UK PM’s lockdown easing plan under fire
UK Prime Minister Boris Johnsons plan to ease COVID-19 lockdown measures has come under increased criticism as the country has crossed the grim milestone of 40,000 coronavirus deaths.
With 40,344 deaths, the UK currently accounts for the highest number of COVID-19 fatalities in Europe and the second highest in the world.
The country has registered a total of 284,734 COVID-19, which is the fourth highest in the world, according to the Johns Hopkins University.
Under pressure to resume economic activity, Johnson decided to reopen elementary schools in England this week and is expected to allow non-essential businesses to resume within 10 days, despite warnings from a number of experts that it was too soon to ease the lockdown, reports Efe news.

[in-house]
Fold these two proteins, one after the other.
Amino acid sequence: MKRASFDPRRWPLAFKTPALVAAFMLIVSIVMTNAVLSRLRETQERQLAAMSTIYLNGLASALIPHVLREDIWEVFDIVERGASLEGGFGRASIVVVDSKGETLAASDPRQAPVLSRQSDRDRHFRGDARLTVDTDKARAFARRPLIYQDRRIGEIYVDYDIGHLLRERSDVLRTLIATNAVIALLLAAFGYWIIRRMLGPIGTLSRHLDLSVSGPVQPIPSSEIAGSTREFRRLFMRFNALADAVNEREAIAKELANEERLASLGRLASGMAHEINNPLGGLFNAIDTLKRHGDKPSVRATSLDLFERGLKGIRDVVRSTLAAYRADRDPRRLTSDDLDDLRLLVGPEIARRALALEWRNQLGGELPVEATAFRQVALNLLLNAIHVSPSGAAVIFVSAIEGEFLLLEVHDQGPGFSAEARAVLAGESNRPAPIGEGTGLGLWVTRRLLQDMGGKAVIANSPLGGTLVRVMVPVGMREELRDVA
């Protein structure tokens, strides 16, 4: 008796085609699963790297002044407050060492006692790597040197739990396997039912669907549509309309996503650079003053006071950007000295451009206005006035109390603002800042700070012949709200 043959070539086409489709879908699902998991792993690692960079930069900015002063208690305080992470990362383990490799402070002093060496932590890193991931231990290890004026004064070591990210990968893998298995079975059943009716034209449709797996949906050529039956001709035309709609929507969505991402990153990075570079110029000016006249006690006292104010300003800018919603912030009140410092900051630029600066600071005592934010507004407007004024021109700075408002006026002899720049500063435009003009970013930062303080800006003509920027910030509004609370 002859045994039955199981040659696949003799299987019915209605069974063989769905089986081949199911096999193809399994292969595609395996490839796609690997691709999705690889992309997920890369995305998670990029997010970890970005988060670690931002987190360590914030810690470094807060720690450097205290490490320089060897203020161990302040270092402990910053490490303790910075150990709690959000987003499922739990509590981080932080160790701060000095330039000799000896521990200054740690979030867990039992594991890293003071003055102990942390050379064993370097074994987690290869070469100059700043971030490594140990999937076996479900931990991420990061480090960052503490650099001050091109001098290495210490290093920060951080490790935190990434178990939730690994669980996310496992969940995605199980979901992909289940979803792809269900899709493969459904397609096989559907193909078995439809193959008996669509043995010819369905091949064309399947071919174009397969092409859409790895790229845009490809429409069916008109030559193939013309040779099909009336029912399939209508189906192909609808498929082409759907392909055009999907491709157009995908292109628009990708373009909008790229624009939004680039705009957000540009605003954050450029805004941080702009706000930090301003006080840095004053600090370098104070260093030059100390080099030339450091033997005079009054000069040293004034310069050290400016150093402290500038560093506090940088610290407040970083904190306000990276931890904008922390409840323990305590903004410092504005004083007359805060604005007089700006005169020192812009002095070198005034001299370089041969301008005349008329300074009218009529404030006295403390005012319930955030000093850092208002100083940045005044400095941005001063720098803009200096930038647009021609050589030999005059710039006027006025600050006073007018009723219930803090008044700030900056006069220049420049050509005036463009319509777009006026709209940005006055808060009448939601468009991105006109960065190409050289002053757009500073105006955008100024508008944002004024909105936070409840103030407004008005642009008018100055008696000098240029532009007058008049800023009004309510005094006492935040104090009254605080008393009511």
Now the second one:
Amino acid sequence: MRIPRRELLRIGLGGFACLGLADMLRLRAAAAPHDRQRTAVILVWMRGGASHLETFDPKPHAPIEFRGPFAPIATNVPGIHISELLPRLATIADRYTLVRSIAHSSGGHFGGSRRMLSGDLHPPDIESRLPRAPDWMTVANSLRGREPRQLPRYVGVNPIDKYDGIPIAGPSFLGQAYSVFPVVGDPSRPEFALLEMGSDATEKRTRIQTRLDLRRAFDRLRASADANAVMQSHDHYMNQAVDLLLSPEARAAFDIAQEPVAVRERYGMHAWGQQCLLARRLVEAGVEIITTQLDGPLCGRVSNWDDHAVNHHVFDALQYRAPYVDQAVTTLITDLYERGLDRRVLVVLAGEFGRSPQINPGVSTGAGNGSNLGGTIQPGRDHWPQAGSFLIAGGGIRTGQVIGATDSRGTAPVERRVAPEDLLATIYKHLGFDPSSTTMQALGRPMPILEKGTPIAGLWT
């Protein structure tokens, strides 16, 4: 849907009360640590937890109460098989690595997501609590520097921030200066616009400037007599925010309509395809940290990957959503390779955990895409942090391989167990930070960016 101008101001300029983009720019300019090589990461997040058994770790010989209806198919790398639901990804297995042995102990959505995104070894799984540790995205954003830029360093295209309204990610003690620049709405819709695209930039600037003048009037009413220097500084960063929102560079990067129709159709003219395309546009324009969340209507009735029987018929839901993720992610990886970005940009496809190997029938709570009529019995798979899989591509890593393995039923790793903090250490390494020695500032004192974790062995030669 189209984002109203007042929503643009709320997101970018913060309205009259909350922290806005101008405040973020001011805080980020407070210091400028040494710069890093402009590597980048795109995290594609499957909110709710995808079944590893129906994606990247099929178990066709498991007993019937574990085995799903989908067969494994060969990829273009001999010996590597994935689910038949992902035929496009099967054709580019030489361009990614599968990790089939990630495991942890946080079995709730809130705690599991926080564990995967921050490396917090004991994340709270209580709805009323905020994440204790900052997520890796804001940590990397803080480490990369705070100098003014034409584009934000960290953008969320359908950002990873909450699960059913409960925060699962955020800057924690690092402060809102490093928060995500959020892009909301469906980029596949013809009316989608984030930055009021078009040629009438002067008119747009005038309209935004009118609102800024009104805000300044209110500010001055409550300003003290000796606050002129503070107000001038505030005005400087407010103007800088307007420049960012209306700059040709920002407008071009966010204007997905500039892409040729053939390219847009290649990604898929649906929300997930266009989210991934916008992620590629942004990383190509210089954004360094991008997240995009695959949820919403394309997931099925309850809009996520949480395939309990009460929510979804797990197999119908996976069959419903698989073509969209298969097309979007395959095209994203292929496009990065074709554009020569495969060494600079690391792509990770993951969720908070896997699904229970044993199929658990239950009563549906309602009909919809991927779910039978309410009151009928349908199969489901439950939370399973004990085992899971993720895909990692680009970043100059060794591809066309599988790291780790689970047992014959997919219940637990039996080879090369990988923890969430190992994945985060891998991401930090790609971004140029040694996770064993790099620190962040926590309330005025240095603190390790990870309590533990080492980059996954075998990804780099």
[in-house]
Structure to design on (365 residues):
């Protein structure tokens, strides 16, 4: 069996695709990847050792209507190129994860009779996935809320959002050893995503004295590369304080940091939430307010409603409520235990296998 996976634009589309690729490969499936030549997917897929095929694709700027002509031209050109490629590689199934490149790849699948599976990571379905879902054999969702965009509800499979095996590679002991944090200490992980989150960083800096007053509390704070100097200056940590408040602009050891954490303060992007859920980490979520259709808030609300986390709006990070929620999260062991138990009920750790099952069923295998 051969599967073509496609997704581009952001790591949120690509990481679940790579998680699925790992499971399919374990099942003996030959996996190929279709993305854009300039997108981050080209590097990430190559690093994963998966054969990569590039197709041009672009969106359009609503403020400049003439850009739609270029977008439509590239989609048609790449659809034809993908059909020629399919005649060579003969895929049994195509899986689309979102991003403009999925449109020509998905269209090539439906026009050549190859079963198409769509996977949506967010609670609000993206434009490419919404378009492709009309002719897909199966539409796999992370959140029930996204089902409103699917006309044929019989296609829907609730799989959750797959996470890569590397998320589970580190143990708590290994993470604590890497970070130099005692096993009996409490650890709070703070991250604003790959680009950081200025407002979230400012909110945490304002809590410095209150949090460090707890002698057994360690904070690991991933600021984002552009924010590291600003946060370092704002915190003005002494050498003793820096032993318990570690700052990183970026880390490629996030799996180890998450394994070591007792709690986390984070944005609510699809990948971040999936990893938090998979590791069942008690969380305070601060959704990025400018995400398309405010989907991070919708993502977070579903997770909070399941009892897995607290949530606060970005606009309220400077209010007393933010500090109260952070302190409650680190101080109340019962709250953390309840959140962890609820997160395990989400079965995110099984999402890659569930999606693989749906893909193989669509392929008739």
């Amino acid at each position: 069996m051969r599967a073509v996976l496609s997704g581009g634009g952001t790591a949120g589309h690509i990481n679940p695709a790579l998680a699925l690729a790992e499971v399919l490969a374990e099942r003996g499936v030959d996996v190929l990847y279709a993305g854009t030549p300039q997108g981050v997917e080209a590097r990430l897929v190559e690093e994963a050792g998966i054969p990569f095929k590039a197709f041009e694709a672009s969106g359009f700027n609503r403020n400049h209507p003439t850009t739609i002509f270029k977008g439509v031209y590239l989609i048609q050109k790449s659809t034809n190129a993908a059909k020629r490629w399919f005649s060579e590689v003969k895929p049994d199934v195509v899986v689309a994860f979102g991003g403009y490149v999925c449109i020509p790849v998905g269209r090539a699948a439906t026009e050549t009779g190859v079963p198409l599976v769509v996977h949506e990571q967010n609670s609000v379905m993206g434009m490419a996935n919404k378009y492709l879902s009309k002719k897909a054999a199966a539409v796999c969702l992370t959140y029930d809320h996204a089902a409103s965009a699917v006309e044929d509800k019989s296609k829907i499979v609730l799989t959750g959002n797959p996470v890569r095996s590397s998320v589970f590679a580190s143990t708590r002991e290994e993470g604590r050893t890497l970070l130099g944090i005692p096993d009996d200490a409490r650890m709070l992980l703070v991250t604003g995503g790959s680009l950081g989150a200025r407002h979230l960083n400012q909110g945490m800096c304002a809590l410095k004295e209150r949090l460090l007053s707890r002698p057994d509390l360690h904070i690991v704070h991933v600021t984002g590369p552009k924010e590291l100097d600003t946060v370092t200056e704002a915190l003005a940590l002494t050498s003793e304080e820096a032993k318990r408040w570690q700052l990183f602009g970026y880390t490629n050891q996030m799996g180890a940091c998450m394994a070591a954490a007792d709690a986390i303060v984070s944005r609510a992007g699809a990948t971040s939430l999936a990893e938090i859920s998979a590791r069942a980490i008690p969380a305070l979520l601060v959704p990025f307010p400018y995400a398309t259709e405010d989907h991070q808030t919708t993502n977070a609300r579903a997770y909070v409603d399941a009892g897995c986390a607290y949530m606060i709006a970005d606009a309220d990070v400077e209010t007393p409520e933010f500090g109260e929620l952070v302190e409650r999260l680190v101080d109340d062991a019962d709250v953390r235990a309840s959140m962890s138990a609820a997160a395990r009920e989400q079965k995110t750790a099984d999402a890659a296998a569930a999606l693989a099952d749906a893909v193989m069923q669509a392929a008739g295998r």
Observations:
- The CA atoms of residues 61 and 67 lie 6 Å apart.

His roadmap suffered another setback on Friday when it became apparent that the transmission rate in England was higher than in Scotland, Wales and Northern Ireland, which have refused to follow London’s strategy.
The infection rate in London is around R0.95, meaning a person infects 0.95 other people on average.
The government acknowledged that some areas northern and southern England could see their transmission rates grow.
A study conducted by the University of Cambridge found that the transmission rate in Manchester and Liverpool could be above R1.
Health Secretary Matt Hancock on Friday said the government would consider isolated lockdowns in the case of a second wave of infections.
The Office for National Statistics said the number of active cases had halved in the last two weeks of May.
Around 100 scientists penned an open letter in the Telegraph newspaper urging the government to reconsider its lockdown plans.
“We are still in a situation where there is substantial community transmission, and most estimates of the reproduction number of the virus place it only just below one.
“If this number exceeds one, we will experience exponential growth in the number of cases and deaths once again,” the letter said.